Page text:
Given a triangle $ABC$ and a circle $K_1$ tangent to $AB$ and $AC$, construct a circle $K_2$ tangent to $K_1,BA,$ and $BC$.

My basic idea is that firstly we know that $K_1$ lies on the angle bisector of $\angle{BAC}$, which is easy to construct. Then in my diagram below we need the perpendicular bisector of $GJ$ to intersect the line through the radical axis of $K_1,K_2$ that passes through both $K_1$ and $K_2$'s centers. The hard part for me is figuring out how to construct this geometrically.

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  • $\begingroup$ $K_1$ is not necessarily inside the triangle $ABC$ $\endgroup$
    – Piquito
    Feb 16, 2016 at 13:57

1 Answer 1


This is more of an illustrated and extended comment.

This is a special case of the Problem of Apollonius. You have to expect up to 6 solutions matching your description, e.g. these four:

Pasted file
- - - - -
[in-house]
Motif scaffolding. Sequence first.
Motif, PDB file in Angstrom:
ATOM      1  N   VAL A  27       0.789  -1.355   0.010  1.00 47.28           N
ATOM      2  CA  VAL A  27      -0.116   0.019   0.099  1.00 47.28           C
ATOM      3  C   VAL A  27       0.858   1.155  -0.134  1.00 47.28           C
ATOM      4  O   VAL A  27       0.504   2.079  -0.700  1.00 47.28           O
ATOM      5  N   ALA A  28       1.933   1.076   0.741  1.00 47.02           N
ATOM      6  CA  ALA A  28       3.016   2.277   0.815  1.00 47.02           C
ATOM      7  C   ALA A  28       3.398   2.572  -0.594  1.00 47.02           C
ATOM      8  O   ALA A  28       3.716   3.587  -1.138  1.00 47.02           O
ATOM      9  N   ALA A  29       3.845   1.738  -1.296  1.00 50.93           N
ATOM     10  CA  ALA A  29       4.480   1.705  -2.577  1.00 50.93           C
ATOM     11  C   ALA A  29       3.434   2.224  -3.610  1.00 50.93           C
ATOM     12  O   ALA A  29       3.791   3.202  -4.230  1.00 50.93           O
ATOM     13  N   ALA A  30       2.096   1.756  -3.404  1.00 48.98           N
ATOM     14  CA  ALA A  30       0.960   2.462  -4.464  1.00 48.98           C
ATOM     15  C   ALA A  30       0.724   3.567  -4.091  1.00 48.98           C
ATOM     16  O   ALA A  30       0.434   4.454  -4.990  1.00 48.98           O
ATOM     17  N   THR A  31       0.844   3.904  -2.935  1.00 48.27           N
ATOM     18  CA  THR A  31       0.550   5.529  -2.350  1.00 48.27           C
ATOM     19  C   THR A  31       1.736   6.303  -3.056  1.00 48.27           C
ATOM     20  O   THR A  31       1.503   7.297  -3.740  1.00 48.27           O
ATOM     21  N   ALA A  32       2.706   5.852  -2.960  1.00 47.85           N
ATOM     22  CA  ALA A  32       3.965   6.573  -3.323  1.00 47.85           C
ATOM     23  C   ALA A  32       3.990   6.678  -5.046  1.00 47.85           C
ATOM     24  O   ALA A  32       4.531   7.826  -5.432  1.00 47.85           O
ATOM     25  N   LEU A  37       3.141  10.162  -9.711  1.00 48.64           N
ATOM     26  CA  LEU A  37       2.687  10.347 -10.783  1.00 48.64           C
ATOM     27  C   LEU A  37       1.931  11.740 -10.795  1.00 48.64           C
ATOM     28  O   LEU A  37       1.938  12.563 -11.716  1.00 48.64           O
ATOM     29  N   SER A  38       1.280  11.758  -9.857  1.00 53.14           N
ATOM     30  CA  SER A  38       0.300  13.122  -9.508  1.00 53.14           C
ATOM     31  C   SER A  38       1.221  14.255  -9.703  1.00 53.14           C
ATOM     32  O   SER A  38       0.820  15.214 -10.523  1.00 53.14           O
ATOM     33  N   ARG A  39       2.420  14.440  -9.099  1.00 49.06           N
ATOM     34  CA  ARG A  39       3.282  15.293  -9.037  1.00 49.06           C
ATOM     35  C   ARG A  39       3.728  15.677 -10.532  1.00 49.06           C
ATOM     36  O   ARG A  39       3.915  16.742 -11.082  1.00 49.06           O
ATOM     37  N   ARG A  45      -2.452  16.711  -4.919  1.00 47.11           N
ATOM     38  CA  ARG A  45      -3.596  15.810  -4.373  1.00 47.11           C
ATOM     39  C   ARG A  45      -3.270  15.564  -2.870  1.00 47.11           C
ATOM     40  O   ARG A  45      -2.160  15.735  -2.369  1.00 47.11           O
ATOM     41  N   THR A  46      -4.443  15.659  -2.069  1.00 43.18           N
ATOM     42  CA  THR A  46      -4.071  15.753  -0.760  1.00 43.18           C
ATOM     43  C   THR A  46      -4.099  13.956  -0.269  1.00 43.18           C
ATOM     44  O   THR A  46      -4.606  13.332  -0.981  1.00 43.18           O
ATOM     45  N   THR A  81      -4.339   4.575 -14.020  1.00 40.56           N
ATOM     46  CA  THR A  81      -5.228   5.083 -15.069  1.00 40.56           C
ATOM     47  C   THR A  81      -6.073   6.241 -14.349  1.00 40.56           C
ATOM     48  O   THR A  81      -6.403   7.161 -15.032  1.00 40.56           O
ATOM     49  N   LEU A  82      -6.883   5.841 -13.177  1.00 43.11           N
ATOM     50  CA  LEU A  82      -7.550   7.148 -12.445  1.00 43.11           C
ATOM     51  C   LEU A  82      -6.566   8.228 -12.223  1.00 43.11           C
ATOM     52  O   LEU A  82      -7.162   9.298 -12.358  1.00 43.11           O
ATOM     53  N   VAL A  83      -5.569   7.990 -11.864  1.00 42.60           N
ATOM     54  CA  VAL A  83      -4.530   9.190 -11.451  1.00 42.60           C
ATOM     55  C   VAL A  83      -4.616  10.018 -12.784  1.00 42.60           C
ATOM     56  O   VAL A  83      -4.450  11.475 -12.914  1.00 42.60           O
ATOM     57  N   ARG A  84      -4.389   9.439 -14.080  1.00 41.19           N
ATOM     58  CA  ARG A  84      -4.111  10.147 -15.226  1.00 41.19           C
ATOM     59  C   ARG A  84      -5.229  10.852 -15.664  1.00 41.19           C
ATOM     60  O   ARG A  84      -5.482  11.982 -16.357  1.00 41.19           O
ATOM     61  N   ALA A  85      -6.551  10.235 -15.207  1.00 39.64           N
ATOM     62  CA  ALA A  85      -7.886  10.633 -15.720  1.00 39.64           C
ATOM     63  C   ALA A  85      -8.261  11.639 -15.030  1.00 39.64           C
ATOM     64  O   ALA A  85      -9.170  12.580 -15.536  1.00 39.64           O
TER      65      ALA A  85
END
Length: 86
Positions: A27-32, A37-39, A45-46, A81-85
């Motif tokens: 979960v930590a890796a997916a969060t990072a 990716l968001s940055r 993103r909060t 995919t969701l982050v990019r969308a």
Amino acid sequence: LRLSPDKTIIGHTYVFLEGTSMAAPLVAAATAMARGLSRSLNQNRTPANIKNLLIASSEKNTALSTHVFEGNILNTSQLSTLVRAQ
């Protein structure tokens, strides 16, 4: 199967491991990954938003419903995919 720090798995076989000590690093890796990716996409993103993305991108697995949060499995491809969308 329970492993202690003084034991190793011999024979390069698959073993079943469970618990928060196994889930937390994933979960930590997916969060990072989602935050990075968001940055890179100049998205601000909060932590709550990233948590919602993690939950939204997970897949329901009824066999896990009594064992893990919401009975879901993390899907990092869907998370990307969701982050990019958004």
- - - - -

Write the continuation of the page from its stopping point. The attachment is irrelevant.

Illustration of input configuration and four resulting circles

or these six

Illustration of input configuration and six resulting circles

I obtained the above computationally using Lie sphere geometry. But if you read the literature, you'll surely find ruler and compass constructions as well, both for Apollonius' problem in general and for the special case where two circles are in fact lines.

The fact that there are always two solutions which touch both $K_1$ and $AB$ in $E$ probably accounts for the fact that you only get 6 solutions, never 8 as would have been possible in the general case. I don't see how this knowledge would make finding these 6 solutions any easier, though.


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